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Are the days of the small payroll software developer numbered with Single Touch Payroll?

Updated: Jul 31


The introduction of Single Touch Payroll (STP) changed payroll software development forever. Real-time reporting was always a given once technology advanced sufficiently to meet the requirements for Government and broad market adoption. This advancement came with an increased cost.

What often started as a software venture with the founder being the programmer and a business partner, needed to be scaled to accommodate the new requirements. Resulting from the introduction of STP, the Digital Service Provider (DSP) had to decide whether to invest large sums of money in building a new solution, sell their business, or exit the market altogether. As some were unable to continue payroll development financially, and their business net worth did not make it an attractive proposition for purchase, they discontinued their products.

Moving from desktop applications to multi-tenant web apps is significantly more complex and costly when compared to building Windows forms-based programs.


The underpinning technology stack for web apps demands substantial work, knowledge and resources. There are also additional expenses with the framework required for web apps which Windows development does not need. Once deciding what Infrastructure as a service (IaaS) to use, AWS, Azure etc., the ongoing costs are then factored in calculating the COGS. You also need to build the base structure supporting multiple tenants before developing your payroll application. Windows development is, building once, copying and distributing the application to multiple users at a nominal cost.

For the ATO to receive and process Government-mandated data, there is an additional expense burden for the DSP sending the data.


As more Government agencies want to consume payroll information, the costs exponentially rise. Government reporting is a user-pays system wherein the DSP often engages the services of a third-party Sending Service Provider (SSP) and then passes the costs onto the user to meet their legislative obligations.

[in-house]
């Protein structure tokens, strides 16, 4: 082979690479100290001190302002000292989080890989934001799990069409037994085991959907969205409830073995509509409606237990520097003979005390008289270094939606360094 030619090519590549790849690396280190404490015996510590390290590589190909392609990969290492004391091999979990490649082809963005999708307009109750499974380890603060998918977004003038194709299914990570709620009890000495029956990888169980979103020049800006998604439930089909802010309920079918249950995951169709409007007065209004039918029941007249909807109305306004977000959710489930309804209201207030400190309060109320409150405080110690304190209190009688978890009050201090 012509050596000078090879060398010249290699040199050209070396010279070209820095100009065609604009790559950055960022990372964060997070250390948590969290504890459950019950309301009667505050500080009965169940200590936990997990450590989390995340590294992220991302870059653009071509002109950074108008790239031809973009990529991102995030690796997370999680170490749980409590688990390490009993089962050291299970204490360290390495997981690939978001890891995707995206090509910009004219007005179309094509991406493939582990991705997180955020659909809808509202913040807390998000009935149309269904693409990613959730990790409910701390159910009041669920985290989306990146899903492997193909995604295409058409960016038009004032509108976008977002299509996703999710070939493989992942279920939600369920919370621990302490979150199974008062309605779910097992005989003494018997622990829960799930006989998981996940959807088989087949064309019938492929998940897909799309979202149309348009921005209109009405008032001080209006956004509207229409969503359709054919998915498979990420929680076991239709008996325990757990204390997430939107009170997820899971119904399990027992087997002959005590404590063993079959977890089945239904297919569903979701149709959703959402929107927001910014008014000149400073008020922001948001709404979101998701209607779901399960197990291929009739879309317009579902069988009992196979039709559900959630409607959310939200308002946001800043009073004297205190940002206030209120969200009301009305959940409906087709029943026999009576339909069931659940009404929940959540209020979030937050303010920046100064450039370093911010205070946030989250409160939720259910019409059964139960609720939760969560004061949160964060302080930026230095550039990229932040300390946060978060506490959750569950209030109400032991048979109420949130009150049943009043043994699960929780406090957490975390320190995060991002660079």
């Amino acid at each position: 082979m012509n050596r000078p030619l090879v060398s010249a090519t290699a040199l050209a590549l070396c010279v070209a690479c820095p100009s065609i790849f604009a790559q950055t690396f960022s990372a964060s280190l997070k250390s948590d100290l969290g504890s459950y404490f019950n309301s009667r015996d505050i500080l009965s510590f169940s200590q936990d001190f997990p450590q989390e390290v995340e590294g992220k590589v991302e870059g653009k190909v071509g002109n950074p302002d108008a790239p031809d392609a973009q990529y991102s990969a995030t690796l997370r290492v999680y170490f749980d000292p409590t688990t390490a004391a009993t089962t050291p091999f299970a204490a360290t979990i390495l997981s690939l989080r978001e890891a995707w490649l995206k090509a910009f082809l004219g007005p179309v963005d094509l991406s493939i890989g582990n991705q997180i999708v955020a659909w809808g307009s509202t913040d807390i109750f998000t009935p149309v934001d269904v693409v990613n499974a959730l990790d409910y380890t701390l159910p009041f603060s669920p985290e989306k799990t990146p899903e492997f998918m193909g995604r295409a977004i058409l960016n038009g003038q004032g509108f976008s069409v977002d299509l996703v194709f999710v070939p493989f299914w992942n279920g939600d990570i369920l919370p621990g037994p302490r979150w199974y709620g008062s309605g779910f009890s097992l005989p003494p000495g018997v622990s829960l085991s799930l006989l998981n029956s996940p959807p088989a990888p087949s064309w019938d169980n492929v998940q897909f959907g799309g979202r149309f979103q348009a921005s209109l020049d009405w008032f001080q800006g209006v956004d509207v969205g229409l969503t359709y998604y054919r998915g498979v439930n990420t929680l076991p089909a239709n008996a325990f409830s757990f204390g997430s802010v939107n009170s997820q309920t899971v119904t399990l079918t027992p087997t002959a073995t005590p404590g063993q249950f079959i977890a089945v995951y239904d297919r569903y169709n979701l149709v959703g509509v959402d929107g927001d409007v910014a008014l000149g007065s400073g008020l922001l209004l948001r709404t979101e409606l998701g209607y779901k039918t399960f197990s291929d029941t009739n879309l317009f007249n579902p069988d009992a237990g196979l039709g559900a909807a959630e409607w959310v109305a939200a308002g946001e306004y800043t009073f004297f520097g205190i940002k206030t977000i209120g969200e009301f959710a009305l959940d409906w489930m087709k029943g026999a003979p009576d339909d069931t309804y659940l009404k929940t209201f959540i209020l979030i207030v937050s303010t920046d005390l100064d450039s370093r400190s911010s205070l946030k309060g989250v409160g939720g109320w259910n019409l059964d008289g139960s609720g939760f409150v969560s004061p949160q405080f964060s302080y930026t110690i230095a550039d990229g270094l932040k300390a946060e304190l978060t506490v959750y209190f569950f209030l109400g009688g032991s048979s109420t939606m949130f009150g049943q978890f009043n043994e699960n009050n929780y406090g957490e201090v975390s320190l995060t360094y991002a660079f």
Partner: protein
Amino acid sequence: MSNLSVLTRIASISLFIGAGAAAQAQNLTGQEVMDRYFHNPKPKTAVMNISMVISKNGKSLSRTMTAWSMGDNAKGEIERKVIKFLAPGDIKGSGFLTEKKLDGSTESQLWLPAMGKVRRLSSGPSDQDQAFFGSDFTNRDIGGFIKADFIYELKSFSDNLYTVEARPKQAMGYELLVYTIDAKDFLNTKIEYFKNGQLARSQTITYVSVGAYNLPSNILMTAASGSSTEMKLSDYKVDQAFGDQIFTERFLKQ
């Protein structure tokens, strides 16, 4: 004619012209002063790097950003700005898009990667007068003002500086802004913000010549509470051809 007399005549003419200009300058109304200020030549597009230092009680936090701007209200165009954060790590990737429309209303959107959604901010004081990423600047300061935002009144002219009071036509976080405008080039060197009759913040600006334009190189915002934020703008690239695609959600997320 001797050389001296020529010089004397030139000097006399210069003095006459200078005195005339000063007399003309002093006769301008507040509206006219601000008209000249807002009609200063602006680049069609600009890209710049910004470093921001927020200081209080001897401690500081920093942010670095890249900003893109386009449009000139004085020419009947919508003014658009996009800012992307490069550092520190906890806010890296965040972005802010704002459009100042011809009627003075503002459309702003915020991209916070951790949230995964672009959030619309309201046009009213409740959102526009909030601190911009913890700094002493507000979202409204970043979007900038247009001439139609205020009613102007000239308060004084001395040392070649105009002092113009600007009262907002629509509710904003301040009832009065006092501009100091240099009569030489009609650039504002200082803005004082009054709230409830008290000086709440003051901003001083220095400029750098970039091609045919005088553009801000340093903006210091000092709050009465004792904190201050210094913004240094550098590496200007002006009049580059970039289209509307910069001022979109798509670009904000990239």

Understandably, with STP, DSPs must also meet the ATO's Operational Security Framework (OSF), requiring a minimum of ISO 27001 certification and ongoing audits. Web apps must have Multi-Factor Authentication (MFA), and the DSP must continually perform rigorous penetration testing. Whilst this change is imperative in providing a secure reporting environment, it is another cost burden for the DSP. Depending on their size, this requirement can be thousands of dollars and is an ongoing commitment.

STP Phase 2 requires a significant amount of work to rebuild payroll solutions.


With the introduction of STP Phase 2, many DSPs have to rebuild their solutions from the ground up due to the disaggregation of gross reporting requirements and underestimated the time to complete the scope of work required. If the DSP stored their data transactionally, the requirements are less demanding than if retained as accumulated totals. Also, extensive configuration options must be incorporated, allowing for a future proof solution. As we all understand, payroll requirements are ever-changing and constantly evolving.

Some DSPs dipped their toe in the water by providing a free payroll offering but have since discovered this scenario is a questionable long-term business model in sustaining the ongoing development costs.

There is now the consolidation of offerings within the market, with larger organisations acquiring payroll products. These acquisitions have several downsides:

  1. it reduces competition.

  2. the requirement for many teams supporting the development of multiple payroll products within one organisation.

There will be an internal rationalisation of the current offerings because payroll development for multiple products (like-for-like) is a substantial cost and will not improve.


Consolidation will be a problematic process in ensuring the target markets of these existing products (features and functionality) are supported and, in the process, not alienating their current customers. Also, due to the necessary expense of ongoing payroll development, there may be instances where DSPs who currently offer Accounting solutions in which payroll is bundled, decide to provide it separately. This change will allow for an increase in the subscription to cover development costs without adversely affecting their Accounting subscribers.

Originally Accounting and Payroll were most often offered as separate products before introducing the software subscription model. As Accounting has had limited changes throughout the years, albeit for the introduction of GST, there was little requirement for updates; therefore, the user did not need to pay for upgrades. This scenario was radically different for payroll. Some DSPs decided to combine the two products providing a source of income using the "compulsory" payroll changes as the driver for paid upgrades. Payroll must be kept up-to-date, which is not generally a requirement for Accounting. Since the introduction of GST, the most recent significant change is eInvoicing.

Developing payroll software is expensive and requires substantial resources along with extensive knowledge of the regulators' requirements.